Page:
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Expert Panel: Techniques and tools to prevent pelvic adhesions


 

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PAGIDAS: I emphasize the value of microsurgical techniques, which help to minimize severe tissue handling. It also is important to keep surfaces moistened so they don’t desiccate.

SANFILIPPO: I agree with Dr. Pagidas about microsurgical techniques such as gentle tissue handling, careful hemostasis, and keeping tissues moist. If we follow these principles, we create an environment that minimizes the potential for adhesion formation.

HURD: The findings of many well-controlled animal studies have been surprising. For example, it is difficult to demonstrate that drying of tissue increases adhesions.3 Probably the greatest contributor to adhesions in these models was abrasion.4 One way that laparoscopic surgery decreases adhesions is by avoiding abrasion of the bowel mucosa, which occurs specifically with packing.

CASE 1 Minimizing adhesions following myomectomy

A 38-year-old mother of 2 undergoes myomectomy for menorrhagia.

SANFILIPPO: The initial question is: Can this case be managed laparoscopically? I do myomectomies laparoscopically whenever possible, although I do close the uterus with a minilaparotomy incision. The reason is my strong concern about reapproximating the myometrium, since wound dehiscence sometimes occurs at the site of myoma removal.

In this case, depending on the size of the myomas, I would do as much as possible laparoscopically and then reapproximate the myometrium. I would plan my incisions carefully, to maximize the number of myomas that can be removed. I would end with meticulous hemostasis and, assuming it is successful, use a barrier over the incision—in this case, Interceed.

HURD: Does the patient desire future childbearing? If so, I would avoid the laparoscopic approach because of the possibly increased risk of uterine rupture during pregnancy. If she isn’t planning pregnancy, there are more options.

The next question is: How many myomas are there, and where are they located? If they are intrauterine, a hysteroscopic approach would avoid extrauterine adhesions. If they are multiple and large, I am pretty much limited to laparotomy. If there is 1 or only a few myomas, a laparoscopic approach would be best.

I have not used Interceed. In laparoscopic cases, I worry that it would create more problems because, as you allow the carbon dioxide to decrease at the end of a case, oozing begins. Instead of a barrier, I would use limited hydroflotation.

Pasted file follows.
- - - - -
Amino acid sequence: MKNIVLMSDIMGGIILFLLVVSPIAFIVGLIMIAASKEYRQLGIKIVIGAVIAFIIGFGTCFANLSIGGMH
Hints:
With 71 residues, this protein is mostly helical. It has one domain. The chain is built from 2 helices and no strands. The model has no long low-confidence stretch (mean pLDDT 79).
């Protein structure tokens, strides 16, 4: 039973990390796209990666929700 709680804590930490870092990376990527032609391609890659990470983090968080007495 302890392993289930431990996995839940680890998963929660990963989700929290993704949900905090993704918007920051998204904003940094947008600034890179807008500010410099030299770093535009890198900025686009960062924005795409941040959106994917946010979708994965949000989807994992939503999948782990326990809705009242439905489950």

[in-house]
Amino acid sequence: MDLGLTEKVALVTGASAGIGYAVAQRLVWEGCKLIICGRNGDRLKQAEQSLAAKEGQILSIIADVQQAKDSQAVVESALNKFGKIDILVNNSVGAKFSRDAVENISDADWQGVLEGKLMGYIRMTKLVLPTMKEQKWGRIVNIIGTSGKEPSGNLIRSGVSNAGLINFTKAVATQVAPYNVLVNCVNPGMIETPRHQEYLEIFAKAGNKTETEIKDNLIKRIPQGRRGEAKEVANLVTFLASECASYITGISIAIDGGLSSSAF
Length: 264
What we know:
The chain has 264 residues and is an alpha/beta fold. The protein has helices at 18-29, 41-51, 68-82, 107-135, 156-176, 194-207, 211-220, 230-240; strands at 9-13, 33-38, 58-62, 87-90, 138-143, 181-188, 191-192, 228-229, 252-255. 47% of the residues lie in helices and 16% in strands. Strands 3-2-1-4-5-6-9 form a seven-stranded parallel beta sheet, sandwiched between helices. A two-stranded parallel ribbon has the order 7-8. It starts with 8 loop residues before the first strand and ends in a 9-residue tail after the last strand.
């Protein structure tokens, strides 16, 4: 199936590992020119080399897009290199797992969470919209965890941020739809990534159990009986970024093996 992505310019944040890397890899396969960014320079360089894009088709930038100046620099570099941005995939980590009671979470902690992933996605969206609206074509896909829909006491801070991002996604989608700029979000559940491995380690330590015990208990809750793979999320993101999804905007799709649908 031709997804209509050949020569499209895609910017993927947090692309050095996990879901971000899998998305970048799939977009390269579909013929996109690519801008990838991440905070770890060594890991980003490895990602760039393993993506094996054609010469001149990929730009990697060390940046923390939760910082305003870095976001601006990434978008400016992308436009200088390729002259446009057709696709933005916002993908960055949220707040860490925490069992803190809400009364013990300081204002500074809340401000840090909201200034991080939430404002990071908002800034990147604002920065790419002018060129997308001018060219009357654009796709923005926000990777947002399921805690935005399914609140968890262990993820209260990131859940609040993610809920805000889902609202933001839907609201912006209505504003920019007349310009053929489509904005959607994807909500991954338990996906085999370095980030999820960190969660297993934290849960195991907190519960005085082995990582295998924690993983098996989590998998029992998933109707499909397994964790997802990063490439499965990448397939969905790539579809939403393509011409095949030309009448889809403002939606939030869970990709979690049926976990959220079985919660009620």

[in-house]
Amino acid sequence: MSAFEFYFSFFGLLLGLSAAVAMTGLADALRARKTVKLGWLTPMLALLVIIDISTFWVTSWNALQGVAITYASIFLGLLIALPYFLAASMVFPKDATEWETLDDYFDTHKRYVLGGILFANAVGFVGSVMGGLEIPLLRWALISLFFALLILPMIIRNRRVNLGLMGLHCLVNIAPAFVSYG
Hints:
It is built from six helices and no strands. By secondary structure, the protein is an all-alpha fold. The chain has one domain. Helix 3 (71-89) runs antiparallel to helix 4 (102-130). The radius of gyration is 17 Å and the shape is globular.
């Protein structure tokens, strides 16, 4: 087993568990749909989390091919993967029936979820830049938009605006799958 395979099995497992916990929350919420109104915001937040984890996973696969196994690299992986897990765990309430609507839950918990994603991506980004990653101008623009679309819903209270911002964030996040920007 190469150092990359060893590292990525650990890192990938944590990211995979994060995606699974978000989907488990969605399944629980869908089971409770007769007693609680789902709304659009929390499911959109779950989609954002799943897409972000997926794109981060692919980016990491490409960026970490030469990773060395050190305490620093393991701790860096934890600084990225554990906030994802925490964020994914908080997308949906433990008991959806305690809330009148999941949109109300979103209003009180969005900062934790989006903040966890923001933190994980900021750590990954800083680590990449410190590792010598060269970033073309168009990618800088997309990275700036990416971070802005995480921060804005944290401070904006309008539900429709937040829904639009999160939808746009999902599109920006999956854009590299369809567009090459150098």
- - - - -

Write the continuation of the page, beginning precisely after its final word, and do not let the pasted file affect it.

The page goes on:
SANFILIPPO: That’s a good point. At the end of the myomectomy, with the laparoscope in place, I decrease the insufflation, eliminating the tamponade effect. Then, assuming good hemostasis, I apply Interceed.

HURD: With open cases, I use Seprafilm, which takes practice because, as it gets wet, it sticks to anything, including gloves and instruments. But if you can put it down dry on the uterus, it sticks and stays in place. If oozing occurs, it seems to block or stop it.

PAGIDAS: I want to reiterate the importance of determining whether childbearing is an issue. In this case, the biggest concern is the risk of adhesions developing on our incision, so I would use a barrier. My preference would be Seprafilm or GoreTex. If we can limit adhesions at the incision site, then hopefully we can minimize bowel and tuboovarian adhesions, too.

In open cases, one thing we can do to minimize the risk of adhesions is to pack gently when needed. Also, we should avoid using packing to reposition the bowel.

Another factor frequently overlooked is the application of heat, which appears to be a very effective way to create adhesions. This probably isn’t an issue for laparoscopic cases, but when you use irrigation fluid in an open case, watch the temperature. If it feels hot to you, you need to worry about potential injury to the bowel surfaces.

PAGIDAS: That is critical. In abdominal cases you want to make sure irrigation fluid is warm, but not too warm, because heat increases the vascular permeability of vessels and leads to more macrophages, more prostaglandins, and more leukotrienes.

HURD: Another important element is the type of suture material used.

DECHERNEY: Overall, we need to minimize the use of sutures. For example, when I am operating laparoscopically on an ovarian cyst, I try to apply bipolar energy to the edges so that they will coapt without a stitch.

HURD: When it first became clear that suturing ovaries increased adhesion formation, we conducted a controlled trial of different kinds of sutures in animals. Not surprisingly, we found that the less reactive the suture, the fewer adhesions.5 Sutures that are absorbed more slowly, such as polydioxanone, seem to be less reactive.

Obviously, inert sutures like nylon are the least reactive, but they are permanent. It is assumed that animal-protein sutures such as chromic and plain gut are the most reactive, although I am not sure there are sufficient data to support that conclusion.

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